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Victorians and ‘the Big Society’: Some reimaginings and reflections

by Lucinda Matthews-Jones The Victorians are everywhere. They are on our TV screens, bookshelves and DVD cabinets. Our appetite for Victorian culture is even fuelled, now, by newly-written ‘neo-Victorian’ novels and their TV adaptations, including Sarah Waters’s Fingersmith, Affinity and Tipping the Velvet and Michael Faber’s The Crimson Petal and the White. More recently, though I hardly dare mention it, the Victorians have even been re-imagined in the corridors of Westminster. Type David Cameron into Google and one of the

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The Crimson Petal and the White and seeing Victorian London

London 1874, keep your wits about you, this city is vast and intricate, and you do not know your way around. You imagined from other stories you read that you know it well, but those stories flattered you: you are an alien from another time and place altogether. You don’t even know what hour it is, nor do most where you’re going. Sugar, Episode One.                                                                                                        Victorian London has returned to British screens with the dramatization of Michel Faber’s 2002 novel

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The Battle of the Peacock Room: Two New Exhibits at the Freer

Together, “The Peacock Room Comes to America” and “Chinamania” are worth visiting, not only to get a new look at the collecting work of these three late nineteenth-century connoisseurs —extraordinary in itself—but also to understand more about Whistler’s pivotal position between Victorian Aestheticism and the early twentieth-century’s Modernist preoccupation with primitive form.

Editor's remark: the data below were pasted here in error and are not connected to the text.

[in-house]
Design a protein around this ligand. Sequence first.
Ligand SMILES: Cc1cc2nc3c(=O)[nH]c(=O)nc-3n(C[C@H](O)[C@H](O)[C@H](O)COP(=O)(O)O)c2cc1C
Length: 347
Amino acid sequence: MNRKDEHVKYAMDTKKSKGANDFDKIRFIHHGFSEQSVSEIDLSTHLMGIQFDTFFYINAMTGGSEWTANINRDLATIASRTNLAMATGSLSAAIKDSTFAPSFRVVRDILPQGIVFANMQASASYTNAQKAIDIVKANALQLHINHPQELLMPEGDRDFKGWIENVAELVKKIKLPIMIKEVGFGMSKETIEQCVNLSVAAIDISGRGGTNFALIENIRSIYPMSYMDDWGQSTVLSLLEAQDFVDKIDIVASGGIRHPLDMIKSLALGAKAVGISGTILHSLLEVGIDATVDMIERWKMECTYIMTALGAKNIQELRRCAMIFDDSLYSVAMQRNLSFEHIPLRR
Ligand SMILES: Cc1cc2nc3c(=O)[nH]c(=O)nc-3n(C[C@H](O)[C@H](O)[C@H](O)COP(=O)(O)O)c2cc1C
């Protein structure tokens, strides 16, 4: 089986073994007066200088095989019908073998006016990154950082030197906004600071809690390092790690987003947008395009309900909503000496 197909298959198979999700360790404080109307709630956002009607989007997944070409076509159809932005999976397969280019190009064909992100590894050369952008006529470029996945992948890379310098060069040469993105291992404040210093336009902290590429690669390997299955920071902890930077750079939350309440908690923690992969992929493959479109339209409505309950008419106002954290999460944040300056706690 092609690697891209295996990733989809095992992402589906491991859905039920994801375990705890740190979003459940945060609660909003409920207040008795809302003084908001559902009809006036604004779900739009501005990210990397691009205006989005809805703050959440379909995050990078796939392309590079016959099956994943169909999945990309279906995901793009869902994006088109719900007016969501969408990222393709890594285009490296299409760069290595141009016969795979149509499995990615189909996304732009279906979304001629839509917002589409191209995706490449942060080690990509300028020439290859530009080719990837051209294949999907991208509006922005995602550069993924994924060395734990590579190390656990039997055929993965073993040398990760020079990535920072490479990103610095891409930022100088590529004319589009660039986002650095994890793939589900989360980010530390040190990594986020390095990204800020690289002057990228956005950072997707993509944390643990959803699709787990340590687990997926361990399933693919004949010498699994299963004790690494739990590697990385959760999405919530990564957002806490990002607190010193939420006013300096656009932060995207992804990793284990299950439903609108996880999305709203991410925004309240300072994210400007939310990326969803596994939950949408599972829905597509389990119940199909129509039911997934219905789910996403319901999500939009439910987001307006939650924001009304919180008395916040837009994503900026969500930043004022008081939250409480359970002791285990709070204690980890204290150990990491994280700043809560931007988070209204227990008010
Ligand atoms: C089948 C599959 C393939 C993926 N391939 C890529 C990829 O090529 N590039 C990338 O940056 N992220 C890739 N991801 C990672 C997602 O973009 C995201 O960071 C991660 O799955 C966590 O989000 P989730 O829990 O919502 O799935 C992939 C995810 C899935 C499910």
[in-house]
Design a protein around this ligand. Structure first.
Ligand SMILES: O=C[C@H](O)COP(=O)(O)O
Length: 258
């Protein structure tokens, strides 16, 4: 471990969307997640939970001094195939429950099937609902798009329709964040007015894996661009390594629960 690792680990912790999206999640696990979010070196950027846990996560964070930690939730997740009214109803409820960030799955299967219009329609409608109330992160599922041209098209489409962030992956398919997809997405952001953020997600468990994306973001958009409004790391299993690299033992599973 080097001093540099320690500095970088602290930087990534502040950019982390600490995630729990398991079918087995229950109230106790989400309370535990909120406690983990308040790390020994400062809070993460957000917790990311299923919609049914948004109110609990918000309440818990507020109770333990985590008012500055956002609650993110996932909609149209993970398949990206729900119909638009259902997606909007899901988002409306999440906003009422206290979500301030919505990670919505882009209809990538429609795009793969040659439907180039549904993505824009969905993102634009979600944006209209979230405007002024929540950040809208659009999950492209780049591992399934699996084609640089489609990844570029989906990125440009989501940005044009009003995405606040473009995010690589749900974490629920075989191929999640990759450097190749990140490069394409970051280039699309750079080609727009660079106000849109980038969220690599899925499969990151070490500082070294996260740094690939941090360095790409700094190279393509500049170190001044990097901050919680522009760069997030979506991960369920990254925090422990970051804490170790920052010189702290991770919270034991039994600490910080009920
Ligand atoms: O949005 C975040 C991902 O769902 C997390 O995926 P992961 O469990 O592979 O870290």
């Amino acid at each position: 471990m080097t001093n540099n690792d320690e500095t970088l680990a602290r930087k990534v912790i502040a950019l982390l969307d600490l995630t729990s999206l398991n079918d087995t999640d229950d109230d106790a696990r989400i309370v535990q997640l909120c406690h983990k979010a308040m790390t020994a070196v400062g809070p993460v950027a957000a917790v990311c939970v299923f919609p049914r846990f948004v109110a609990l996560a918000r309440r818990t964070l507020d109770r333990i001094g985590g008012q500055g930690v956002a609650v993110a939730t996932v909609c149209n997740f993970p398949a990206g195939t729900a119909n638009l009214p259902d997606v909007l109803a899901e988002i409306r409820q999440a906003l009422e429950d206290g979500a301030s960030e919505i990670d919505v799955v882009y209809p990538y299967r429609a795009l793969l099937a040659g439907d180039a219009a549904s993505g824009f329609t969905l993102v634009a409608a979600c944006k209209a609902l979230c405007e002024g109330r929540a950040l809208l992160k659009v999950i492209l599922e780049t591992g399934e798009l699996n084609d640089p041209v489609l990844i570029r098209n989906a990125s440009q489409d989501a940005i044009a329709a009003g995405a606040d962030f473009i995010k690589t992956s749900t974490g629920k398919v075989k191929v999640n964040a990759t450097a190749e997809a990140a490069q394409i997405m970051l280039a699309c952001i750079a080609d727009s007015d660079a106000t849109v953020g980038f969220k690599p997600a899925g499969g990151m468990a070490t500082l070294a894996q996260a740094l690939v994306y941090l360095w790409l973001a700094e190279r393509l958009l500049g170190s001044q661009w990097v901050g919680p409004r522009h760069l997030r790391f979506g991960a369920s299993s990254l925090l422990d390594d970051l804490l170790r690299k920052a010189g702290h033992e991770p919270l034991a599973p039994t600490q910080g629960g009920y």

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Traffic Jams: A window into Victorian Mobility

A new UK Government strategy to tackle the congestion caused by road closures was unveiled this week by Roads Minister, Mike Penning.  In the global twenty-first century society, traffic jams and travel chaos seemingly go hand-in hand with the cosmopolitan lifestyle mobile technology affords.  As I write, the BBC’s live ‘jam cameras’ reveal the extent of the traffic problems in London alone (currently I can view the miles of stationary traffic on the North Circular, or the equally snarled Cricklewood

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The Importance of Being Earnest Live in HD

On 2 June 2011, the Roundabout Theatre Company’s production of Wilde’s masterpiece will be broadcast live in HD at cinemas throughout the United States and internationally, with repeat performances being shown periodically until 28 June. To complete the experience, the Playgoer’s Guide to the production is available online, offering a brief sketch of the play’s original cultural context. [youtube]http://www.youtube.com/watch?v=AcTmJHsbOXQ&feature=player_embedded[/youtube] It is interesting that the information in the guide, as well as some of the trailers and videos on the theatre